December 17, 2014

So, there, I was, a guest speaker at my son’s Career Investigation class, looking out at the young faces staring back at me expecting information and instruction about how to figure out what they wanted to be when they grew up.

When I led the class last week, at the end of the hour, one of the students raised his hand and asked, “Are you going to tell me what career I should go into?” I answered, “No, however, I can give you some tools to decide for yourself.”

Our youth have so much to give to society, yet sometimes their input in their life is not valued.

Confidence needs to be instilled to help youth believe that there is a good chance that they do know how they want to be in life. I wanted to provide tools for the students to use so that they could view their possibilities through the lens of passions, strengths and the market in which they want to be in life.

Blake Boles writes an excellent post explaining, the Passion – Skills – Market concept to assist in finding a niche in life.

Oprah is another inspirational person that has helped many in finding meaning in life. She describes that discovering the path to your purpose in life is the goal and then urges people to go out on their “stage” to serve others. Oprah is very articulate about what her purpose is in life and how she is to serve others using her platform or stage.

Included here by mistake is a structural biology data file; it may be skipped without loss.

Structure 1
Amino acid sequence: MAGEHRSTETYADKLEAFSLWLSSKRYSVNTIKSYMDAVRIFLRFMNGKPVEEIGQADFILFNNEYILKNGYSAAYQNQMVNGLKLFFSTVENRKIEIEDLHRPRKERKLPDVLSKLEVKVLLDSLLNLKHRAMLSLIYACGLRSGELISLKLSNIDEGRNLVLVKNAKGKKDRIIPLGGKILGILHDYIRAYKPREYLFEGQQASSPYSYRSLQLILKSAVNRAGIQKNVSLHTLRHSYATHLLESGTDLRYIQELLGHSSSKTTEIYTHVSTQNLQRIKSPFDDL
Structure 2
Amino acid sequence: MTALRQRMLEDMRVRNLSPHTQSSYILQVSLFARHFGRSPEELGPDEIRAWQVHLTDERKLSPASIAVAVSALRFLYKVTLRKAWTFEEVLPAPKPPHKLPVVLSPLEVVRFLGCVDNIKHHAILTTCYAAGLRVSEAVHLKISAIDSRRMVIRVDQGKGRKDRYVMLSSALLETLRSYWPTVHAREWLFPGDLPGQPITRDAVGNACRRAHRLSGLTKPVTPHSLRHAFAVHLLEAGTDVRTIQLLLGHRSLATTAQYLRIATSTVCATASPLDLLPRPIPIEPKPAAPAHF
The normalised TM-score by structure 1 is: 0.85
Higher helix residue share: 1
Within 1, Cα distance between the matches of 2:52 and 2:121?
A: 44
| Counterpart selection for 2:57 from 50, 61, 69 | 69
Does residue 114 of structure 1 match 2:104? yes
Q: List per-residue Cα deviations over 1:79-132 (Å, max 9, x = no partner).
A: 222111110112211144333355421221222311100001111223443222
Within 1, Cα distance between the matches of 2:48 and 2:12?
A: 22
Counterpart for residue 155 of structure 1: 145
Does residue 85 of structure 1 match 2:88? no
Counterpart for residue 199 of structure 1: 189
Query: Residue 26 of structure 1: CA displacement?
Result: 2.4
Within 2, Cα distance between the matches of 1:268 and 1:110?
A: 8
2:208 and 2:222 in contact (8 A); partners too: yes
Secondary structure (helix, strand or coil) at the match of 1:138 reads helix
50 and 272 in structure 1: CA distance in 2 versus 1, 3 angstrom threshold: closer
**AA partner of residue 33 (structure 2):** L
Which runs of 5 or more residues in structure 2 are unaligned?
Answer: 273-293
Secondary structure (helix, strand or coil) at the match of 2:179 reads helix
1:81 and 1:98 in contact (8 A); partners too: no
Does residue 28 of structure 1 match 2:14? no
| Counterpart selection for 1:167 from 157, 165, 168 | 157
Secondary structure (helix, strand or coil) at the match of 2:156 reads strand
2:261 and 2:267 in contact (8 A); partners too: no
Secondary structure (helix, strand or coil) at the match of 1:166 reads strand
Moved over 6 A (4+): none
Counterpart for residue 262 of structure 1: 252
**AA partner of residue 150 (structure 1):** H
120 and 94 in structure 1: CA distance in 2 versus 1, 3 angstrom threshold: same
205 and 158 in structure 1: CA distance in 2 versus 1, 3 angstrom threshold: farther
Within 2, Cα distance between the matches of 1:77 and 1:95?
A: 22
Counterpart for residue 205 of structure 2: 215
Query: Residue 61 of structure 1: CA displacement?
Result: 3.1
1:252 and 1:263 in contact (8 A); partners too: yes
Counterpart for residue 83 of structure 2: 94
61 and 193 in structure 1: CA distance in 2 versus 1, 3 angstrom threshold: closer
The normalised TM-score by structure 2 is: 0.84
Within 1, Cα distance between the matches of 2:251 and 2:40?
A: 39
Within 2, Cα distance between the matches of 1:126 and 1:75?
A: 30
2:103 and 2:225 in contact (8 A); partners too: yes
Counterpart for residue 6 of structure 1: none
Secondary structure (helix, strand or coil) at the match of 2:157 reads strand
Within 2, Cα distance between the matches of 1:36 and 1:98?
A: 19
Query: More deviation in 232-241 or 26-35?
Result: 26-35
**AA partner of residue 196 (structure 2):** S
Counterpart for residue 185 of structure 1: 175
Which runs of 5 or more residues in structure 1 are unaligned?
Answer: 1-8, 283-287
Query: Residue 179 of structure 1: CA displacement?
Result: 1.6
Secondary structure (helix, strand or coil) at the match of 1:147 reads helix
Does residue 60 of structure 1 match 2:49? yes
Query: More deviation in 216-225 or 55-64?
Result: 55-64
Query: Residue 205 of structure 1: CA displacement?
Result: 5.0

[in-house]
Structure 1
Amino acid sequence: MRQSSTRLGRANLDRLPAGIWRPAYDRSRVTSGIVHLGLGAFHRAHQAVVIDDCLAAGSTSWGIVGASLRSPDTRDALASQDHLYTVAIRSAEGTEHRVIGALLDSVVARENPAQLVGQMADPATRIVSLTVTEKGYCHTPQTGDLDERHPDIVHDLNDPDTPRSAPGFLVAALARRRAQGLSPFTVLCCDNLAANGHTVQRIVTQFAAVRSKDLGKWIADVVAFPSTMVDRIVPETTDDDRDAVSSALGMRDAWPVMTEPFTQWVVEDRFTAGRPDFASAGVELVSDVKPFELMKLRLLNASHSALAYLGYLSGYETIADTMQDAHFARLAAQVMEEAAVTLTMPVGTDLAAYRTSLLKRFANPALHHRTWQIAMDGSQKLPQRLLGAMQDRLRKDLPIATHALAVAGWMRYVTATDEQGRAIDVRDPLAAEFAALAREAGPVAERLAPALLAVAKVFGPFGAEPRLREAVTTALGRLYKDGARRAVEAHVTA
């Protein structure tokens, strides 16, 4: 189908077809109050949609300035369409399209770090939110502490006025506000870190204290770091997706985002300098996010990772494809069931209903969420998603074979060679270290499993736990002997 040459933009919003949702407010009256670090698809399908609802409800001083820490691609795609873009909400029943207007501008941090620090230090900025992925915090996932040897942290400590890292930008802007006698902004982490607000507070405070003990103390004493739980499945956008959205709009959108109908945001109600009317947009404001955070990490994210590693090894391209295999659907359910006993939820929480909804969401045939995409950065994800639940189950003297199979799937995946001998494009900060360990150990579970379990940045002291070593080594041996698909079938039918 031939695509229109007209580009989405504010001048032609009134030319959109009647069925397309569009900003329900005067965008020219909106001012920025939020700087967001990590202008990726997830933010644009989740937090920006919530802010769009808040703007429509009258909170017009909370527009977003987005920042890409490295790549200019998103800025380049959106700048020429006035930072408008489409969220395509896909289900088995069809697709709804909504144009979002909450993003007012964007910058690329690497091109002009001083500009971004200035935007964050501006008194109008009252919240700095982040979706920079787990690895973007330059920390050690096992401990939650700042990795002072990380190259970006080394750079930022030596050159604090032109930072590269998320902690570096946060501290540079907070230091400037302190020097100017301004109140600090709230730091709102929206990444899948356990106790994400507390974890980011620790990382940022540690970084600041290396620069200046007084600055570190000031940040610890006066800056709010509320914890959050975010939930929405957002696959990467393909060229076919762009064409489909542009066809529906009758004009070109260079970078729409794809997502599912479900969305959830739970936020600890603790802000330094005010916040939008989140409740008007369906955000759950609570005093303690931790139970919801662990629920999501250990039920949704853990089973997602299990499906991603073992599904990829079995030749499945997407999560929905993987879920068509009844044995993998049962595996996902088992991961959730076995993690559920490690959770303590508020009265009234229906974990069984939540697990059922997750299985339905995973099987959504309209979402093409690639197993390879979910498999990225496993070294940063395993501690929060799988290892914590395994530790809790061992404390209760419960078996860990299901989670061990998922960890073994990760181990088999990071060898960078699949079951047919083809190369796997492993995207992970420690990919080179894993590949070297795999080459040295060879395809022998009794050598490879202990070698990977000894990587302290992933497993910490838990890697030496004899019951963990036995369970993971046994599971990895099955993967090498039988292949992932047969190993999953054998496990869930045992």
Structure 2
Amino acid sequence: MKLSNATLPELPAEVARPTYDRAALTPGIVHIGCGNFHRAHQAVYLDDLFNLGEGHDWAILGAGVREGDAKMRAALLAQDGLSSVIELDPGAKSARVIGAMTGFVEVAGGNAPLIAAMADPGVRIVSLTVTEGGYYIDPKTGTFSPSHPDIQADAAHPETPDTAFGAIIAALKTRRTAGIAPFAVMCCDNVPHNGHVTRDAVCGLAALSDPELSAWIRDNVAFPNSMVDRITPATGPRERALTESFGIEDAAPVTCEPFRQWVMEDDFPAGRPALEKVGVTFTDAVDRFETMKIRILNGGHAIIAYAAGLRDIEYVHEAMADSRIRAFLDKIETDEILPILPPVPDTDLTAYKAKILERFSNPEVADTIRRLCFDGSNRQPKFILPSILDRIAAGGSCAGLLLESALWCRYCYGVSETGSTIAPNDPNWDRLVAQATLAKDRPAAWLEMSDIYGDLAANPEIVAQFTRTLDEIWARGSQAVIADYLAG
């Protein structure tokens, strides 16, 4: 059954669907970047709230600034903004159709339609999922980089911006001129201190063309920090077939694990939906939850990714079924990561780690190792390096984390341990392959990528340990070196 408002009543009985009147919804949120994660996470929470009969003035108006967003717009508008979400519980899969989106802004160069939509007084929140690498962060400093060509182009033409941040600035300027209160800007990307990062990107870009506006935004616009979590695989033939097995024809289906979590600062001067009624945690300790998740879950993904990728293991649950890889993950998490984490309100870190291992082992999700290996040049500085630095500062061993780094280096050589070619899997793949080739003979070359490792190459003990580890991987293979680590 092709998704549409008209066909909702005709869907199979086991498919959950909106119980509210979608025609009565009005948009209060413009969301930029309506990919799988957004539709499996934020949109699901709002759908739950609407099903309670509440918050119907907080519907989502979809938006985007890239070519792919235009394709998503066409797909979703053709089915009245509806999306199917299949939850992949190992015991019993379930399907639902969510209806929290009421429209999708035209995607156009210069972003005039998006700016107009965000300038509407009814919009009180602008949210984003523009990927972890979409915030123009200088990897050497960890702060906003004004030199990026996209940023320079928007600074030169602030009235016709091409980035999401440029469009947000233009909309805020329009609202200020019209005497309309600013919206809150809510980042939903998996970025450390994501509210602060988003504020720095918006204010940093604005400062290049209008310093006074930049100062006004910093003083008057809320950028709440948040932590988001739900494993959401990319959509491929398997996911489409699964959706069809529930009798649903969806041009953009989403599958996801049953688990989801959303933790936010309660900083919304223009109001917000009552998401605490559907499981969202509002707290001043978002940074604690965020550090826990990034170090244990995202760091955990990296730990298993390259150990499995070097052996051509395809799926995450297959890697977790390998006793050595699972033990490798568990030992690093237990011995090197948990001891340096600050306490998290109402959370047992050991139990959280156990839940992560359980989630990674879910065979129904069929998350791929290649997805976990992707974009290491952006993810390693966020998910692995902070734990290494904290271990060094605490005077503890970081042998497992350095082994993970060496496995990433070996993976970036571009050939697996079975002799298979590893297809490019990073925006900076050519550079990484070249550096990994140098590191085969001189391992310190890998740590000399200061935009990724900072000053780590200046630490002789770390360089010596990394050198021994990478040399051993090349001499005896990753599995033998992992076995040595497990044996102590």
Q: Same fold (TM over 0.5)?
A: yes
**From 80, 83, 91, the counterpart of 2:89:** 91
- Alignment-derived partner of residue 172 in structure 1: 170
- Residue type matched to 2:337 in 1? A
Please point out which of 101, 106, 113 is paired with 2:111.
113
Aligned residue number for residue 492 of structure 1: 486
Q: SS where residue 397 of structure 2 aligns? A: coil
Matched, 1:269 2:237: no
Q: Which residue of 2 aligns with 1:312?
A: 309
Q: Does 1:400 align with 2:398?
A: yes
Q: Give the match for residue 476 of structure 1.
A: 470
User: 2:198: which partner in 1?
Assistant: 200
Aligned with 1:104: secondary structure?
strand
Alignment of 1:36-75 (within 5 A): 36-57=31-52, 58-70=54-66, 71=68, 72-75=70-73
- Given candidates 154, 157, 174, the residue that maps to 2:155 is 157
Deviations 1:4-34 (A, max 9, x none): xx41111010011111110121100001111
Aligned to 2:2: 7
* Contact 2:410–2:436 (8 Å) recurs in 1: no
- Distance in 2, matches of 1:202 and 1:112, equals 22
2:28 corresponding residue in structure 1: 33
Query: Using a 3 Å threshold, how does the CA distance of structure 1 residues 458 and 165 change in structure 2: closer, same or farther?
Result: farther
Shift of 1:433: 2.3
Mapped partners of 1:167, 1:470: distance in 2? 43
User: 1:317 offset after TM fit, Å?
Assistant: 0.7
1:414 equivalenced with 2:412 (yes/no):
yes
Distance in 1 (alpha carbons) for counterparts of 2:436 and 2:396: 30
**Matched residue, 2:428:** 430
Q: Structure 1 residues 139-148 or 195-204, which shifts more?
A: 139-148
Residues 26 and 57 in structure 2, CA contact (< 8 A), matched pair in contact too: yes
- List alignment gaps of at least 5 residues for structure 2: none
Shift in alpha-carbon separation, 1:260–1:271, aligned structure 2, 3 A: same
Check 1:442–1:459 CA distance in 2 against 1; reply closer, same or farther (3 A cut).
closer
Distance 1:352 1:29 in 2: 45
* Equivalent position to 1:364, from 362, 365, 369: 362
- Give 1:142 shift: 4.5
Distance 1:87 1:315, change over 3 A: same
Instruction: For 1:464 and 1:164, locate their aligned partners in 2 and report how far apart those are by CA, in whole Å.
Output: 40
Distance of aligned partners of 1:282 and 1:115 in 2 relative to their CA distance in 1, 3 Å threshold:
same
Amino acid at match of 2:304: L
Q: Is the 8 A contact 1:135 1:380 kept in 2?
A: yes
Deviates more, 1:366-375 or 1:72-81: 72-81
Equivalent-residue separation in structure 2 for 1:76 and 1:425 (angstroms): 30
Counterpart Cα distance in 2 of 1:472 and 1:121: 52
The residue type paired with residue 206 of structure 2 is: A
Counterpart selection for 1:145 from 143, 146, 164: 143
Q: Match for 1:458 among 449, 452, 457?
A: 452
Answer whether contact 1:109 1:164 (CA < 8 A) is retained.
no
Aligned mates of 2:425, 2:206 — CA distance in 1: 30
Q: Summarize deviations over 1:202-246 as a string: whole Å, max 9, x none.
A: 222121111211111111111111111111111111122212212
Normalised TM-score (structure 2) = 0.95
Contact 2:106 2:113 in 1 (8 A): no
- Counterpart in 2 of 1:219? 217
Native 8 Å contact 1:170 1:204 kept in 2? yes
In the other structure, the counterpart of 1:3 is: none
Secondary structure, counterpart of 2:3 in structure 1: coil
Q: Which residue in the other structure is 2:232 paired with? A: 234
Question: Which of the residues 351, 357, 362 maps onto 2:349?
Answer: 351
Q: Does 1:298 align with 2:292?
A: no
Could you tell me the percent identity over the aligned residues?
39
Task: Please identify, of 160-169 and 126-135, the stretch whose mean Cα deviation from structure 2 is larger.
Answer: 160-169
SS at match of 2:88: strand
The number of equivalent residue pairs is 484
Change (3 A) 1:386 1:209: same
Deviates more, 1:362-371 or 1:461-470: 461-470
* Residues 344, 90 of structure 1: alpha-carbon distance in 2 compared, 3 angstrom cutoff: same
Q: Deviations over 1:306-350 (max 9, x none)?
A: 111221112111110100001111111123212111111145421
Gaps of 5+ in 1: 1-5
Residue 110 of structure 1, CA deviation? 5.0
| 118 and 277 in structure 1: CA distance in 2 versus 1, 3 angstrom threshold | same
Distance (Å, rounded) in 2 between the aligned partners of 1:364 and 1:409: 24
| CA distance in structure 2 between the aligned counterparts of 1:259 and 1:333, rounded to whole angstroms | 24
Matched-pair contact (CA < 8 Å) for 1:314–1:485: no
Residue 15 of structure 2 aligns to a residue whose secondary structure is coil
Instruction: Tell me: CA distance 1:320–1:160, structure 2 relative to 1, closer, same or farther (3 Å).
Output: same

How did I propose to the youth in the class to weave the knowledge of strengths, skills and passions into creating a path for a career?

My Career Path

I asked them to dream! Dream about what they are happy doing, dream about what they are looking for in life, dream the things that they dare not dream.

Consider all possibilities! Don’t limit yourself at this stage of the game.

Daydreams are important because they can be the keys to your passions. Listing passions is one place to start discovering your life path.

Our passions can lead to finding skills and strengths.

I led the students in an activity by selecting a passion they had listed and then asking the question “Why”?

I have a passion for Math?


Because I like solving problems


Because I feel good when I get the answers right


It may seem odd, I like to win and getting the right answers feels like winning

What did you hear the person say? What are the skills and strength that are visible when asked “why”? I see problem solving, winning and attention to detail as the skills and strengths this student possesses.

Try this process with the children in your lives.

Asking “Why?” several times leads to discovering deeper talents and skills your child holds.

If you would like to know more about how Wildewood Learning services and how I can help your family with a child that is “checked out” of learning, please contact me for a complimentary 30 minute trailblazing session.

Leave a Reply

Your email address will not be published. Required fields are marked *